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April 15, 2021
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Berkeley Report Offers Glimmer of Hope for Those Pushing Rapid Vehicle Electrification

Per a new report from the University of California, Berkeley, bringing the United States to a point of electrifying all new car and truck sales by 2035 will require a heavy policy lift, but can be done. And, the authors say, that rapid electrification of the transportation sector would result in massive benefits for the climate, economy and public health in the next three decades: saving consumers $2.7 trillion, avoiding 150,000 premature deaths related to air pollution and reducing annual transportation-related greenhouse gas emissions dramatically by 2050. Read on for more.


Top Stories

  • In next week’s climate change summit, President Joe Biden intends to commit to cutting U.S. greenhouse gas emissions to at least half of 2005 levels by 2030 and to secure deals with allies for faster reductions on their parts, as well, according to two sources familiar with the matter. The United States is reportedly very close to finalizing deals with the governments of Japan, South Korea and Canada, though it is unclear if those agreements will be announced at the summit. (Reuters)
  • The Biden administration is discussing with Oklahoma tribes whether they should have more influence over environmental regulations on the large swath of the state that was recognized last year as reservation land in a Supreme Court decision, officials told a media outlet. Environmental Protection Agency Administrator Michael Regan has spoken with both Oklahoma Gov. Kevin Stitt (R) — who heads a Republican government reportedly concerned about potentially losing control of a portion of the state’s tax base — and with leaders of several tribal nations who are pushing for greater oversight of their land, one official said. (Reuters)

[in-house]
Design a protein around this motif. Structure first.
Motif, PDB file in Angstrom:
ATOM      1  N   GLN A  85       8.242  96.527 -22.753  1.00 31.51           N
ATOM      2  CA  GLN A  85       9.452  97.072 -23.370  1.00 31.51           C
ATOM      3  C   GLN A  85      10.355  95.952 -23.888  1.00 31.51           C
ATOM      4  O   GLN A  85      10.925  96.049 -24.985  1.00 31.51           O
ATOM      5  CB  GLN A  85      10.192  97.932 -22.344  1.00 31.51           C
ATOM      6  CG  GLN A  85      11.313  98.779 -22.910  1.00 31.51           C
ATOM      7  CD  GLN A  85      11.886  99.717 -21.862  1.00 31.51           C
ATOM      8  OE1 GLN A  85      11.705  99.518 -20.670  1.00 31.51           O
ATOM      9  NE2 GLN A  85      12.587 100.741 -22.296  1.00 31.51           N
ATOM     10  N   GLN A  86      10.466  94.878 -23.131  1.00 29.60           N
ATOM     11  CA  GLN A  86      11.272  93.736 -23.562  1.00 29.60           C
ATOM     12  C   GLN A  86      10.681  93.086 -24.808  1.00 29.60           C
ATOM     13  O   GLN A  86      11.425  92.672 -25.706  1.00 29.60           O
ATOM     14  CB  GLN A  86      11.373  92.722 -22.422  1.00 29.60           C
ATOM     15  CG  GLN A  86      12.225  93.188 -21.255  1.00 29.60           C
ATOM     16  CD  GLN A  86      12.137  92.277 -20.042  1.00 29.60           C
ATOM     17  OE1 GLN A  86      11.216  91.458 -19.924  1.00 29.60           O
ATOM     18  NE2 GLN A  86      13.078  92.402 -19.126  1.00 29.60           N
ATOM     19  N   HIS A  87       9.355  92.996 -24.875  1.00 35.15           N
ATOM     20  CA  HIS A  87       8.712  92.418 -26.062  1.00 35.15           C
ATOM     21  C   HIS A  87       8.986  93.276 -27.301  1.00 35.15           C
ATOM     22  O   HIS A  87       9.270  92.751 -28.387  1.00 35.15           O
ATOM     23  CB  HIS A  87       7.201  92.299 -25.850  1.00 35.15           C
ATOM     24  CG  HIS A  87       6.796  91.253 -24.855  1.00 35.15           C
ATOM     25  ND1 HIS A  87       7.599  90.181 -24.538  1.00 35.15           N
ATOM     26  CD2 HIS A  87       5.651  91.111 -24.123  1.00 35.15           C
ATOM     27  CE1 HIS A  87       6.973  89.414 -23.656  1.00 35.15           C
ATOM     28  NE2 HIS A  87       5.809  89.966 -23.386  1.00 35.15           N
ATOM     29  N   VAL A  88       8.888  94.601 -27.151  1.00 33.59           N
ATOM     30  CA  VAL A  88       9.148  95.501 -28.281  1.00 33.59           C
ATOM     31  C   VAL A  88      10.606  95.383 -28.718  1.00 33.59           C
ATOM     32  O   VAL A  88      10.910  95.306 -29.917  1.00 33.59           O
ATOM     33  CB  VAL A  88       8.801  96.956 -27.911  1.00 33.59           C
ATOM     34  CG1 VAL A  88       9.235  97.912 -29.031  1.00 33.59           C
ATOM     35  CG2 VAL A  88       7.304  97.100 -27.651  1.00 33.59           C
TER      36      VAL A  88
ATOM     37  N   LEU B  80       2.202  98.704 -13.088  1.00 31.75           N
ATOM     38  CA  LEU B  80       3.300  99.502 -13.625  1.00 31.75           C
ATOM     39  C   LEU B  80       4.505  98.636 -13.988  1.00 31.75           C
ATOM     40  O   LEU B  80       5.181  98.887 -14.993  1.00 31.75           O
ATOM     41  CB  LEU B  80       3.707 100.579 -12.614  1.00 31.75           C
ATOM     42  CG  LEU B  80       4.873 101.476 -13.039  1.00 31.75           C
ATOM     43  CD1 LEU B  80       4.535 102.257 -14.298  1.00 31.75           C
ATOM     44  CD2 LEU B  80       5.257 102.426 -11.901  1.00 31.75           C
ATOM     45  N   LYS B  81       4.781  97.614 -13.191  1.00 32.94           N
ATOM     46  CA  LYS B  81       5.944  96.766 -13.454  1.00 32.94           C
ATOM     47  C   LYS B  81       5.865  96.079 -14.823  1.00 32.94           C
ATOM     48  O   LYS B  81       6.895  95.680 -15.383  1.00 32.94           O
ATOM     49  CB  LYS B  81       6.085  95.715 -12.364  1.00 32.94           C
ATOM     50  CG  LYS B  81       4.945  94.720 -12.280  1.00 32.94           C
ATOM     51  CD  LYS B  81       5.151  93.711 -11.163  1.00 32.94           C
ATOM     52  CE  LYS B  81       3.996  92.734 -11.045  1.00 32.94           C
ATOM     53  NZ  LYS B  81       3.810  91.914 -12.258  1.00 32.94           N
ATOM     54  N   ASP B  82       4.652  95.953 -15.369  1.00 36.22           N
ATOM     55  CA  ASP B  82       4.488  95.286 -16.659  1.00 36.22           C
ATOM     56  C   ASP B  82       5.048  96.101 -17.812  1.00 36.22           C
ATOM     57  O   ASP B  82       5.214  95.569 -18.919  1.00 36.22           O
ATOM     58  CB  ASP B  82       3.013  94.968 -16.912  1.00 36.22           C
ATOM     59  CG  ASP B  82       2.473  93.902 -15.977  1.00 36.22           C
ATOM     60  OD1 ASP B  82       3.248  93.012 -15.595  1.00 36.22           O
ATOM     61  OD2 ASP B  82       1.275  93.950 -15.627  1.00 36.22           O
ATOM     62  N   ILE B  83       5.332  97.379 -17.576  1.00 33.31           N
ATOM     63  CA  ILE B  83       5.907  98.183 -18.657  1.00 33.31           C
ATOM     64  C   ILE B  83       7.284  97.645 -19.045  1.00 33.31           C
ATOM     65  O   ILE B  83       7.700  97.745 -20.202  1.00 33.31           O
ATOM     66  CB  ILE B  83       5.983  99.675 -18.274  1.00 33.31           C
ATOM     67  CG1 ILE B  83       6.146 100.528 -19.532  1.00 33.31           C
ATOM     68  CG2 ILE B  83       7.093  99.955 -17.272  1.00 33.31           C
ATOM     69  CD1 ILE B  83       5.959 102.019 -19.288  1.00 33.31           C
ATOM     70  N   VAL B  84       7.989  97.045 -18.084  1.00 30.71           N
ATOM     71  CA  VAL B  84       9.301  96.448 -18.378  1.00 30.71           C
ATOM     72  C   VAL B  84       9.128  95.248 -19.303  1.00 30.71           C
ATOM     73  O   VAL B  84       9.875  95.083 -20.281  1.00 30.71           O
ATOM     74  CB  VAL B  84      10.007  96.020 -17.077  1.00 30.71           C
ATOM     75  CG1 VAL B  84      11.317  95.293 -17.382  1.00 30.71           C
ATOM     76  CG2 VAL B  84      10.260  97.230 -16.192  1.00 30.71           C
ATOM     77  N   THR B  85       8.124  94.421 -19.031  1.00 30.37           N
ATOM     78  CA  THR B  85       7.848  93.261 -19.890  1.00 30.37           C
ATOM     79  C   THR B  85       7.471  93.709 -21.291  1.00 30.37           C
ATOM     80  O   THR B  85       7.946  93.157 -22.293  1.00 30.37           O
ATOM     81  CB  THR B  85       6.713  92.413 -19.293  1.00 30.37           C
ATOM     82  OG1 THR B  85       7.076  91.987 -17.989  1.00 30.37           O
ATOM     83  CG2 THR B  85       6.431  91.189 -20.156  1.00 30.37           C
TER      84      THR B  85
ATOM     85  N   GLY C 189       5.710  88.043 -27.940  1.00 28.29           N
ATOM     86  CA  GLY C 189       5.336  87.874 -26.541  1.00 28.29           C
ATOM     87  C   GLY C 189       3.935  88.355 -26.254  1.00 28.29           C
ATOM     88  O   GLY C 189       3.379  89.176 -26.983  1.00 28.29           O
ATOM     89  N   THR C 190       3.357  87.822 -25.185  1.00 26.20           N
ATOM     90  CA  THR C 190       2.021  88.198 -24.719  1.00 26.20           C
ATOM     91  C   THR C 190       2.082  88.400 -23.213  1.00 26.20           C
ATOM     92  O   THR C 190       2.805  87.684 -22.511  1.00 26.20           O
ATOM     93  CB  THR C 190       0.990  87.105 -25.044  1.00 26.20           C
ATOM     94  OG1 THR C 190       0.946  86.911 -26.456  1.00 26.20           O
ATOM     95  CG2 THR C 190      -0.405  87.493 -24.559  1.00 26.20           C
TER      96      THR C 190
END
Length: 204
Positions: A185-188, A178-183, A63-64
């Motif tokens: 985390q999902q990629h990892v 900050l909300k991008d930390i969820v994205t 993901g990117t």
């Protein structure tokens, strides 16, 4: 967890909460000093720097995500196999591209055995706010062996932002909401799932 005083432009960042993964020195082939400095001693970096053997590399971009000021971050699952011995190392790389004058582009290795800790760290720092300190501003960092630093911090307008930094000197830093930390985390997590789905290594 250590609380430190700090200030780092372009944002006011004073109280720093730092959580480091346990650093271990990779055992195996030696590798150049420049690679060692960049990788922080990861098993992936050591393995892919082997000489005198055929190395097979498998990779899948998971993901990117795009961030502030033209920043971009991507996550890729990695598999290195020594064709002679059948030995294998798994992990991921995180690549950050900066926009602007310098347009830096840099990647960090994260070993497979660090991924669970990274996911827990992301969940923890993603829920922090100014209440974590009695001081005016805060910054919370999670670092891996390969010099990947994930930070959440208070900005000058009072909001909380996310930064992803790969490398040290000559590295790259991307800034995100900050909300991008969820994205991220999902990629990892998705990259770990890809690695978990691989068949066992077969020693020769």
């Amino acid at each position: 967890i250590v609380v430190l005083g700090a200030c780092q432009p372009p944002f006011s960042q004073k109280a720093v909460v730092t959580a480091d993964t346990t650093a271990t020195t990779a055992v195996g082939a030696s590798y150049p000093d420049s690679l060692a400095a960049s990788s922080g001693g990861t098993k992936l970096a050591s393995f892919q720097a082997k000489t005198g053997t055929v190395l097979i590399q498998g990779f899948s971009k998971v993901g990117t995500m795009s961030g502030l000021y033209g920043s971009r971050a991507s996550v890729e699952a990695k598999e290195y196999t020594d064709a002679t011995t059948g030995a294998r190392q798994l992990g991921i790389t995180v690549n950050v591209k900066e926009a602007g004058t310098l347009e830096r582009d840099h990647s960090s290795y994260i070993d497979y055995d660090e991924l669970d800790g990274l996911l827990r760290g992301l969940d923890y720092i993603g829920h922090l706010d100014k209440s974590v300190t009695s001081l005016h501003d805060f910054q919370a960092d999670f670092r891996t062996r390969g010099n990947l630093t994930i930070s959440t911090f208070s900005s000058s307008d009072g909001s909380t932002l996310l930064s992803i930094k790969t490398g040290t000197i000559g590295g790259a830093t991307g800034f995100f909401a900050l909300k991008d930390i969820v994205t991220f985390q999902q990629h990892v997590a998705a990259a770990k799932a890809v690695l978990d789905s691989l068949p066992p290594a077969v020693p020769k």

• Biden plans to tap Tracy Stone-Manning to serve as director of the Bureau of Land Management, according to a person familiar with the selection process. Stone-Manning is a senior adviser for conservation policy at the National Wildlife Federation and has previously worked in the offices of Montana lawmakers. (The Hill)
  • The Senate has confirmed Brenda Mallory to lead the White House Council on Environmental Quality in a 53-45 vote, making her the first Black head of the office that has already begun working to review Trump administration changes to environmental permitting and other decisions. Mallory has served as general counsel for the CEQ during the Obama era, and previously worked as a lawyer at the EPA, as well. (Bloomberg Law)

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What Else You Need to Know


Granholm: Reconciliation possible for clean energy standard, but no decisions made

Kelsey Tamborrino, Politico

Energy Secretary Jennifer Granholm said Tuesday there is a potential pathway for a clean energy standard under Senate reconciliation — a tool that allows passage of some bills with a simple Senate majority — but cautioned no final decisions have been made.


Biden Names Picks to Lead EPA’s Water and Chemicals Offices

Stephen Lee, Bloomberg Law

President Joe Biden on Wednesday announced his intent to nominate Michal Freedhoff to lead the EPA’s chemicals office and Radhika Fox to head up the agency’s water department.


Key Democrat says traveler fees should fund infrastructure projects

Rachel Frazin, The Hill

A key Senate Democrat said Wednesday he supports making people pay to use transportation infrastructure even as the White House eyes raising corporate taxes to pay for its own infrastructure package.


In the climate change fight, the Interior Department becomes a battlefield

Juliet Eilperin, The Washington Post

In the weeks after President Biden’s inauguration, as the oil industry was facing a far less welcoming White House, a ConocoPhillips executive went pheasant hunting with the Democratic senator poised to wield tremendous power in an evenly divided Congress.